By Murimi Karani
Now, the queue has diminished a bit and it's your turn to go through the 'voter dip'. So you hand in your national ID and voters' card to the introvert neighbor down the block who is now the election officer. He might try to run your prints through some voter identification device but depending on where you are voting from, chances are it won't work. Anyway, he will cross your name on a manual register and hand you back your documents and six blank papers to fill. Today, we deal with the first and most important; the President.
With the debate around kits and allegations of corruption, there is little chance that everything will be error free come August. As a matter of fact, don't be surprised if some problems are aggravated.
But first things first, let's start from the beginning. Who is a President? Well, the basic definition is the leader of a country or part of it in a democracy, republic or dictatorship. In Kenya, and under the Constitution, the President is not only the Head of State and Government, but also a symbol of national unity, the chairperson of the National Security Council and the Commander in Chief of the Armed Forces.
The President and the Deputy President have an honorific title and are referred to as His/Her Excellency. It's no different from calling a Judge 'Your Honor' or the Queen 'Her Majesty/ the Royal Highness'.
So who can become President? One of the most repeated quotes by teachers through primary school was "anyone can become President", today I come to tell you, that's not entirely true. The constitution of Kenya provides the following criteria as the qualification for election as President;
- Be a citizen of Kenya by birth;
- Be a registered voter;
- Be of sound mind;
- Be qualified to stand for election as a Member of Parliament;
- Be nominated by a political party or be an independent candidate;
- Be nominated by not fewer than two thousand voters from each of a majority of the counties.
- Should hold a post-secondary school qualification recognized in Kenya
- The person should not owe allegiance to a foreign state
- The person should not be a public officer, or be acting in any state office or other public officer except for persons serving in the offices of president, deputy president or Member of Parliament.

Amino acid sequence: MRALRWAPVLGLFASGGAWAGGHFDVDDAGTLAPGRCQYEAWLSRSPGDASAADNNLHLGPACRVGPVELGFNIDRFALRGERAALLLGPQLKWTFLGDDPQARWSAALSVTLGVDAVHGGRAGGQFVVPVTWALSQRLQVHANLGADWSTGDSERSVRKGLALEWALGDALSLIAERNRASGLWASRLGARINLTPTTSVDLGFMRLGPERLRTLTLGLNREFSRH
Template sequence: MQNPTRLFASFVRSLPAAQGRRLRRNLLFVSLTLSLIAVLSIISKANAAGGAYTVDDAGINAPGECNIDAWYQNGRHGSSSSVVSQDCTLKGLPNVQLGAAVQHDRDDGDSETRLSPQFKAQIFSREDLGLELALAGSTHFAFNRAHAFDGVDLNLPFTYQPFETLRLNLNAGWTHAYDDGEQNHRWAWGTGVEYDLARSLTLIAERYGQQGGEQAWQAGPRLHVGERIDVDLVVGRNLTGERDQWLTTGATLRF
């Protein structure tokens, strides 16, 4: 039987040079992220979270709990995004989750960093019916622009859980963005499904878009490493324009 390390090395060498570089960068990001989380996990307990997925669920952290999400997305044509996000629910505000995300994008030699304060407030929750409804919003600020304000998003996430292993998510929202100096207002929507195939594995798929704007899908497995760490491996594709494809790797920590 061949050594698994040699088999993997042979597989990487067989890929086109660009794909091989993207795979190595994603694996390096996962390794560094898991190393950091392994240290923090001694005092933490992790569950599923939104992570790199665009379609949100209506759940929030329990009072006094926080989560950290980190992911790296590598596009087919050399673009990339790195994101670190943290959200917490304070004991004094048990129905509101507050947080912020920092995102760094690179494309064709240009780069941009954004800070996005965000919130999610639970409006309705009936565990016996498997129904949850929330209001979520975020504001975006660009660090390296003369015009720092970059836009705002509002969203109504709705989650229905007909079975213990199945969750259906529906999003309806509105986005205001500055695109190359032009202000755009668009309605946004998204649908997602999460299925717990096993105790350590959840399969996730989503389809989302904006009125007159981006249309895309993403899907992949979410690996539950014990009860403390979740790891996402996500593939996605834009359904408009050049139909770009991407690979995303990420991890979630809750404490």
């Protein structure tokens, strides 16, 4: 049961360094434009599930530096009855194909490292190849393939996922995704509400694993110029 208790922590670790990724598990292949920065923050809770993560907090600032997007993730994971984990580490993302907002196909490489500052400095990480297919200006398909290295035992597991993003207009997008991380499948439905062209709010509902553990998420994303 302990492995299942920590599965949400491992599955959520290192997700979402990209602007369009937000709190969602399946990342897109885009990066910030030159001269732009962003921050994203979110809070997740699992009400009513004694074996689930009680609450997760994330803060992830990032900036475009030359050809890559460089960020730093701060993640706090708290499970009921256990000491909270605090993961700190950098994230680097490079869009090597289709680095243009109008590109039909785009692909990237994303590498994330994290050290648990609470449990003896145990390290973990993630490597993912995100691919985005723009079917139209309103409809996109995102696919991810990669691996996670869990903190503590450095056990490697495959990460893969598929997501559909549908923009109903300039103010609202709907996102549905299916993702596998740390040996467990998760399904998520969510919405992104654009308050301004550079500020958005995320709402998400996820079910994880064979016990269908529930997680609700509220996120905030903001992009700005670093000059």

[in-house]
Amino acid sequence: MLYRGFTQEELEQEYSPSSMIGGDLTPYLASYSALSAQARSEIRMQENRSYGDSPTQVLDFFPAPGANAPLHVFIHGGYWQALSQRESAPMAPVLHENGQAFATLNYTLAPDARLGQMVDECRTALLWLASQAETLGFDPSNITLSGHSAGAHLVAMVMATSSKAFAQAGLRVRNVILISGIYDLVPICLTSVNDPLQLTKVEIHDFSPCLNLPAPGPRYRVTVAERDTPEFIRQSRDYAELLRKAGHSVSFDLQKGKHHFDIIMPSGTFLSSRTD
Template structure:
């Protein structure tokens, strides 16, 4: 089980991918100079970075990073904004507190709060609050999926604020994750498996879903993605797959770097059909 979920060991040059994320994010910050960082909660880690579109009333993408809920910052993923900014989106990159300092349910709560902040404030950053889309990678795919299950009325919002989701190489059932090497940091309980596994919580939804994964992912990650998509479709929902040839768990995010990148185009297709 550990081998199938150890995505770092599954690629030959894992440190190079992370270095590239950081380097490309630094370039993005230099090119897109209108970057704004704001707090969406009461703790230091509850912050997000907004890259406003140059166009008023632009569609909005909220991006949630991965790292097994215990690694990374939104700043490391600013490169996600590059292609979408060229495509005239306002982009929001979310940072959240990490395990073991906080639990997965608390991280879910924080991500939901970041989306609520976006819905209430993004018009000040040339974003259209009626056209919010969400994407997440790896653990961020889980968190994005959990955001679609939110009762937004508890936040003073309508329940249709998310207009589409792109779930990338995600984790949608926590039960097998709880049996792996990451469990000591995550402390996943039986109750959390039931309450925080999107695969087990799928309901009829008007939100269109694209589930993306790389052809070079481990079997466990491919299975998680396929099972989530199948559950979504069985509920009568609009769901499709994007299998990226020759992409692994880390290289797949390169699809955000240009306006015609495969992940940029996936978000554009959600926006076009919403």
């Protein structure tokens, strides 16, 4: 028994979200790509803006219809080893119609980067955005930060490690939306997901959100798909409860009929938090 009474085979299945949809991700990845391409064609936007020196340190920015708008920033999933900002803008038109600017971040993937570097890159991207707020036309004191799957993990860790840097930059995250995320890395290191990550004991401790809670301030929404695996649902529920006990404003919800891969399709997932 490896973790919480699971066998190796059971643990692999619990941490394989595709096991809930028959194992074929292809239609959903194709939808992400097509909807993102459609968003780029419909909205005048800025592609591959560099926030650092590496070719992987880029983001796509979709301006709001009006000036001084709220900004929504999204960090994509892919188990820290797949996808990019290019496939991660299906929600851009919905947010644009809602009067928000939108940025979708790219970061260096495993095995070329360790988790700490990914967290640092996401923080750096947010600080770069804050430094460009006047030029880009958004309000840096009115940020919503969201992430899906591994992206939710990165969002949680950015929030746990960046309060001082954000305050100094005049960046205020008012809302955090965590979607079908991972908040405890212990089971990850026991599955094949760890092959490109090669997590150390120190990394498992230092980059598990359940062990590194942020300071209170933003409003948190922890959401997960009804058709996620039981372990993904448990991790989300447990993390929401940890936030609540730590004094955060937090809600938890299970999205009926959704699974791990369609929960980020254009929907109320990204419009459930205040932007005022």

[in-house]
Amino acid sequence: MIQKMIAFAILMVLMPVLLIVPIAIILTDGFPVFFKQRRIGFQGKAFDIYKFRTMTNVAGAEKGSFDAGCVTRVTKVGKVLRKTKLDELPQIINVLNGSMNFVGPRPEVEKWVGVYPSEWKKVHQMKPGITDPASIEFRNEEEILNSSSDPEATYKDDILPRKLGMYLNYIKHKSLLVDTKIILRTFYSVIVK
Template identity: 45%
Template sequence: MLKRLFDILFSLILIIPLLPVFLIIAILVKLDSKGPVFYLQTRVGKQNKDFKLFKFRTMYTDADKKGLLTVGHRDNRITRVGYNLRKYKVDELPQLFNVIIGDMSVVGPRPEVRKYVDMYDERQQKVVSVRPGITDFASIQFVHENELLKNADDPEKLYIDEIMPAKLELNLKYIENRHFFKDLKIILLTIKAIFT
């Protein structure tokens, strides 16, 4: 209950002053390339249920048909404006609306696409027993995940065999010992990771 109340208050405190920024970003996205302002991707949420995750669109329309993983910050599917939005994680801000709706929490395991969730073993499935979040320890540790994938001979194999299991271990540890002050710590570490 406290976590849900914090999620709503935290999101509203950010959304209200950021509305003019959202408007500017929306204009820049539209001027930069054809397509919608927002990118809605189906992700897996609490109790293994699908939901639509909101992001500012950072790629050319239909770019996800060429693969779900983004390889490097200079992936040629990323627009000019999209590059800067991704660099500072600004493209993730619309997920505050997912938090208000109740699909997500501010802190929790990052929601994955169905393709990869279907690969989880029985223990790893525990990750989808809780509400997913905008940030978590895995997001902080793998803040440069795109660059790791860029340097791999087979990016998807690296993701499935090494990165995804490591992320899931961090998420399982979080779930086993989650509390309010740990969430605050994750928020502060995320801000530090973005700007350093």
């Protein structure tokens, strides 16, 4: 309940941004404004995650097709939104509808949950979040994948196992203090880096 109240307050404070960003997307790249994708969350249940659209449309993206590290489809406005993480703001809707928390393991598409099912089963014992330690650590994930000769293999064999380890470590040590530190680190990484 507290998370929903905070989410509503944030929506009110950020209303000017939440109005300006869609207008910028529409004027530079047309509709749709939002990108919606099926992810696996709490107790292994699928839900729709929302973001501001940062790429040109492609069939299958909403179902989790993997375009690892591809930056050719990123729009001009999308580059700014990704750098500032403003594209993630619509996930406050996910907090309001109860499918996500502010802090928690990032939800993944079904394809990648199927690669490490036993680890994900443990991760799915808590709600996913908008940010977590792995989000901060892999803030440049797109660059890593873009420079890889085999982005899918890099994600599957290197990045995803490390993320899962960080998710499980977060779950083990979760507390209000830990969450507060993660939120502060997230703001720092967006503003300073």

Back to our election day scenario, now that you have made your way to the temporary booth in the classroom, most probably a carton cube, the assumption is that all the people whose pictures appear on the ballot paper will have satisfied the above criteria. This is because it is the mandate of the IEBC to register the candidates and verify their qualifications.
Before you ink a mark on your preferred candidate, you need to have the answer to another important question; What exactly is the work of the President?
In previous elections, you may probably remember that one of the first things that the President did after being declared the winner of the Presidential Election was to appoint a Vice-President. However, the new Constiution has brought about a new dispensation where a Presidential Candidate is now required to annouce a running mate who will become the Deputy President in the event of a win. The running mate's name is actually inculded alongside the Presidential candidate's name in the ballot paper.
Another task the newly elected President is supposed to do is to form a Cabinet. Unlike the past, the Cabinet shall comprise of persons who are NOT in the National Assembly.
The full list of the functions of the President are provided for in the Constitution under Chapter 9. They are;
- Addressing the parliament once every year; and the opening of each newly elected parliament
- Nominating and, with the approval of the national assembly, appointing Cabinet secretaries, the attorney-General, the secretary to the cabinet, principal secretaries, high commissioners, ambassadors, diplomatic representatives, consular representatives and any other public or state officer required by law; (Including dismissal of the same with the exception of the attorney general)
- Chairing Cabinet meetings
- Directing, delegating and coordinating the functions of ministries and governmental departments.
- Performing any executive function provided for in the constitution or national legislation and establishing an office in the public office, with the recommendation of the Public Service Commission.
- Receiving foreign diplomatic and consular representatives
- Conferring honors in the name of the people and the Republic
- Declaring a state of emergency, after satisfaction of article 58 of the constitution
- Declaring war, with the approval of the National Assembly
- Implementing the Republic's international obligations
- Power of mercy
- Assenting into laws the bills passed by parliament
The President can only hold office for two terms where a term begins on the date he/she was sworn in and ends when the next elected President is sworn. The Deputy President is the Principal Assistant in the Execution of the President's functions. He/she shall also act as President when the President is absent, temporarily incapacitated or during any other period that the President decides. Their term is concurrent with that of the President.
Here is an interesting thing to note; there is actually no specific provisions giving effect to the conception that the President's term is five years. You may have noticed that the current President, His Excellency Uhuru Kenyatta, will serve a first term of four and a half years. Until such a time as there is a presidential candidate and the President-elect is sworn in, the incumbent remains in office.
With this information in your possession, it is my contention that you are ready to mark and dispose off the first ballot. The next part will be about devolution and the second ballot, "the Governor".